I dug into my pocket and gave my dad a dollar before glancing at Clarence. He appeared calm, even though his team was losing. The good-natured bets going back and forth between us was an easy way to study the temperament of my future father-in-law. After last night’s handshake, I was still on edge.

He sipped his beer and studied my father’s movie posters on the wall during the commercial break. “Nice man cave you’ve got here, Winfred. I’ve tried to get Anita to let me have one inside the house.” He shook his head. “You’d think after thirty years of paying the mortgage I would have earned a room. Instead, I got pushed out to the garage.”

Both men laughed.

“What we won’t do for the women we love, eh?” My dad supplied.

Clarence raised his bottle. “Here, here.”

Both men looked at me. I held my bottle up in agreement then gulped.

A soft knock on the door drew everyone’s attention. Ebony peeked into the room. “Excuse me, Brian, your mom would like you to run to the store before they close.” She held up a sheet of paper.

I tried to hide my relief. “Sure.”

If I was lucky, Ebony would be able to sneak away with me. After my mother’s invitation to spend the week at the house with everyone else, Ebony and I had gone to our respective homes and grabbed enough clothes for the week. Our original plan had been to spend the rest of the holiday at our new home.

Three weeks had passed since we signed the lease. Ebony came by periodically to help unpack and set things up. A few of her personal items had made their way over. Her official move-in date was a few days after Christmas. Regardless, my attempt to convince her to spend at least one night at our new home and come back in the morning hadn’t worked. She insisted on not disappointing our parents. In the end, not only had I slept alone, I slept in my childhood bed.

My mother insisted we sleep in separate rooms because we weren’t married. She knew we had sex, but my parents were old fashioned. ‘Unwed? No sex in my beds!’ was her motto.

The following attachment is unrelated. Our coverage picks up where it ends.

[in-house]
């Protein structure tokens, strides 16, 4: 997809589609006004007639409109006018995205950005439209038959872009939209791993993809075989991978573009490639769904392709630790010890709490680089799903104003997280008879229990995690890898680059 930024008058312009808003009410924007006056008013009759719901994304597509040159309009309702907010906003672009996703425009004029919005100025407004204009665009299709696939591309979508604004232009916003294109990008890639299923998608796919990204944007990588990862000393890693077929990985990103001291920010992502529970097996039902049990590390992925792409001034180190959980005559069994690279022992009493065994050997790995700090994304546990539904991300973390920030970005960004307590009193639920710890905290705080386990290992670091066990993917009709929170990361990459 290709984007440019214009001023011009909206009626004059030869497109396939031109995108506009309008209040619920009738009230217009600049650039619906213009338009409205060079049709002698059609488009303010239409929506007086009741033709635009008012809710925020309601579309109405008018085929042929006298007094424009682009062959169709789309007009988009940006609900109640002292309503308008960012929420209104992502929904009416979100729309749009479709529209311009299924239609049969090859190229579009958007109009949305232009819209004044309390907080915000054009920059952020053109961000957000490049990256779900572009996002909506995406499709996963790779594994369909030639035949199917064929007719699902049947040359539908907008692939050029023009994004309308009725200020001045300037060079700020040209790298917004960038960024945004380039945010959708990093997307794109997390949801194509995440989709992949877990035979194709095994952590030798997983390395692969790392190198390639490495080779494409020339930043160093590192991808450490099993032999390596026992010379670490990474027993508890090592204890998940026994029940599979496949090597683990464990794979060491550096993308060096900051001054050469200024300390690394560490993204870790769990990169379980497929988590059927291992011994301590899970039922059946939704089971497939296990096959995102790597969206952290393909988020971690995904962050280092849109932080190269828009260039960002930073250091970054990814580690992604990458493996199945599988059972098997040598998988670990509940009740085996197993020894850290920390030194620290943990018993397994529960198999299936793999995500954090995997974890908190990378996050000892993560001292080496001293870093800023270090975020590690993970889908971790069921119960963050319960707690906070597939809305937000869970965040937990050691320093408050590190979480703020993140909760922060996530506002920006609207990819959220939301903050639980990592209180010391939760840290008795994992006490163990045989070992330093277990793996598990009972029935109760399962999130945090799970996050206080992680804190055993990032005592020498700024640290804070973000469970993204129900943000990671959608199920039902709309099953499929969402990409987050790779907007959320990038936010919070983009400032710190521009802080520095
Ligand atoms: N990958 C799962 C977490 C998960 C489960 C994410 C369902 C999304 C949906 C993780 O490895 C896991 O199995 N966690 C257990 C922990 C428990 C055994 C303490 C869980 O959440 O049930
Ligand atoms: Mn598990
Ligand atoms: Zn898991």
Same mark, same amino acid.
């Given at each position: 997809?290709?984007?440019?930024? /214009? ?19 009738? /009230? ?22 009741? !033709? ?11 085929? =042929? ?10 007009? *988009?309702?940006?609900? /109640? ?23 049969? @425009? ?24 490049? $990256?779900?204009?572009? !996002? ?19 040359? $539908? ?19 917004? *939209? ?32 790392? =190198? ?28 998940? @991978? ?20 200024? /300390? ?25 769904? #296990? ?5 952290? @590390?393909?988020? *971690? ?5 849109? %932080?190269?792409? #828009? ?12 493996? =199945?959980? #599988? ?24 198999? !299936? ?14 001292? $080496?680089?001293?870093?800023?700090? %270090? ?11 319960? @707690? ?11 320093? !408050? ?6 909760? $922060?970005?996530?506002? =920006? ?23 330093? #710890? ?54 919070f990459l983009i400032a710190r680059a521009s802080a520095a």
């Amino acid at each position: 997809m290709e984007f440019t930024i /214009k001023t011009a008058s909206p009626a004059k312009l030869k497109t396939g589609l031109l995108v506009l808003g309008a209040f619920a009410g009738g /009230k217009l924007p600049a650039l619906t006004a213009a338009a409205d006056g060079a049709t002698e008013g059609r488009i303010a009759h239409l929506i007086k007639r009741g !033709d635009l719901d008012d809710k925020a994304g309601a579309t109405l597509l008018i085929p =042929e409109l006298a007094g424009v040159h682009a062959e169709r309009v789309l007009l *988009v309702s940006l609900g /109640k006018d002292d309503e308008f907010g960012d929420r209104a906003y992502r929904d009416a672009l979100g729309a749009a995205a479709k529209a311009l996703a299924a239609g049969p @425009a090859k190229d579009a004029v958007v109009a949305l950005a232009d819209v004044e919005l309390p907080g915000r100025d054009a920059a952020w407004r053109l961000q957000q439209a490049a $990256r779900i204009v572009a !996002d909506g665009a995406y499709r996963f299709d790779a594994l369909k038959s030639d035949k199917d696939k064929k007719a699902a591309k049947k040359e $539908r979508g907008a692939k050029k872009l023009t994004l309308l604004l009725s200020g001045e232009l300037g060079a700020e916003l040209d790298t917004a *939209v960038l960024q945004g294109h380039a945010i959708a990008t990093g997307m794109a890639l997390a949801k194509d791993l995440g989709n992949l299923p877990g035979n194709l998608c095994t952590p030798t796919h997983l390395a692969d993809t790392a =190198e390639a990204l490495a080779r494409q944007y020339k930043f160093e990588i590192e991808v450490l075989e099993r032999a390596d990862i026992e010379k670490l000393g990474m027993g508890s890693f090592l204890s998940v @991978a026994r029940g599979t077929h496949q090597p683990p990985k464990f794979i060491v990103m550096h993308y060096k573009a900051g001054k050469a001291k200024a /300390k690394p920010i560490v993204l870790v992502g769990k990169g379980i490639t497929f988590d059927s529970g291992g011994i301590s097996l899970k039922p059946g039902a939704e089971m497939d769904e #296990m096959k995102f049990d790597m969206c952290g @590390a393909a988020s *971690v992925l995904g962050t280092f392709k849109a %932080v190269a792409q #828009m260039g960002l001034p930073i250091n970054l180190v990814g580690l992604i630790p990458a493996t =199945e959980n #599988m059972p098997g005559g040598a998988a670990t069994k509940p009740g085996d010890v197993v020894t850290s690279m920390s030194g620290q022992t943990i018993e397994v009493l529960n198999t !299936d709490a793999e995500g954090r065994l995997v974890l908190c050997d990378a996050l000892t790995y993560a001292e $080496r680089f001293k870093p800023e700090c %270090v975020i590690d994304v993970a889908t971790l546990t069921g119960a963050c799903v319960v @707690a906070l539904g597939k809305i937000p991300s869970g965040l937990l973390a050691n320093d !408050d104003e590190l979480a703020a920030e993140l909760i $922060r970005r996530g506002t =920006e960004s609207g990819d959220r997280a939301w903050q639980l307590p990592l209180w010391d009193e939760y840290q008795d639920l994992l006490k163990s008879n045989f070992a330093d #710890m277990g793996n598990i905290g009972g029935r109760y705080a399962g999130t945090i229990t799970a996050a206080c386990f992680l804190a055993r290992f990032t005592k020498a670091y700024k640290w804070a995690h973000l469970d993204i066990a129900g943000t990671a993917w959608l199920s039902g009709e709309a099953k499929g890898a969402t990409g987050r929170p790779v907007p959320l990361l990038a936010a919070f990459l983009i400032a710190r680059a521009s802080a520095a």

Imagining my fiancée sleeping down the hall in addition to the intimidation of being in the same room with her father made a good night’s sleep hard to come by.

I joined Ebony in the hallway. “How are things in the kitchen?”

She walked over, slipped her arms around my waist, and laid her head against my chest. “Up until twenty minutes ago, fine.”

I caught the change in her voice; she was no longer as excited as she’d been at breakfast.

In need of physical connection as much as she apparently did, I held her tight. “What happened? Is everything okay?”

Before she could reply, I heard the door to the man-cave open behind me.

“Hey, Brian, do you mind if I ride with you? I could use a bit of fresh air.”

Clarence’s booming voice forced me to jump away from Ebony as if we were teenagers caught red handed. My back was turned to him so he couldn’t see my initial cringe as I squeezed my eyes shut.  “Sure. I’ll be ready to leave in five minutes.”

“Let me grab my shoes.” Clarence walked by me, stopped at Ebony, who’d stepped away from me, and kissed her cheek before heading for the stairs.

Ebony watched as he disappeared, then turned to me. “I saw that look. Things aren’t going well in there either?”

I shrugged. “They’re getting along fine. Men are easy. Beer, sports, everything is all good.”

She cocked her head to the side, studying me. “What about you?”

“I’m hanging in there.” It was my turn to study her. “How about you? You guys seem to be getting along great. We can hear the laughter over the T.V.”

Ebony ran a hand over her head. “Woman can be touchy, especially when the subject of weddings and babies comes up.” She shuttered.

I was about to ask for details when I heard her father’s heavy footfalls on the stairs. I kissed her quick. “We’ll talk tonight after everyone goes to bed, okay?”

“Sounds like a plan. Be safe.” She kissed me again and headed for the kitchen.

“Ready to go?” Clarence said.

“Yes, sir.”

***

We were in my truck, merging into the main street traffic when Clarence spoke.

“Brian, I have to be honest. When my daughter told us she’d been dating a white man and that you were engaged, I had my reservations. Even after she told us about what you’ve done for her, I still was wary. Things were different when my wife and I got married, but times have changed. We raised our children to be open-minded, loving, and honest individuals. As a father, it’s hard to imagine your little girls growing up and being involved with a man. You worry about how well they’ll be treated and if the guy really loves them…” His voice drifted off as if in remembering something.  “Then one day they say, ‘Pop, I’m getting married.’” You learn to handle it and move on, but it’s never easy.

“Ebony has always been strong minded, hard-headed, and determined to have what she wants. Ever since she was a little girl.” He chuckled. “I can’t tell you how many times she almost gave her mother a heart attack by bringing injured animals home and hiding them in the garage.”

I smiled, trying to picture Ebony doing those things. Then I felt Clarence staring at me. My smile dropped.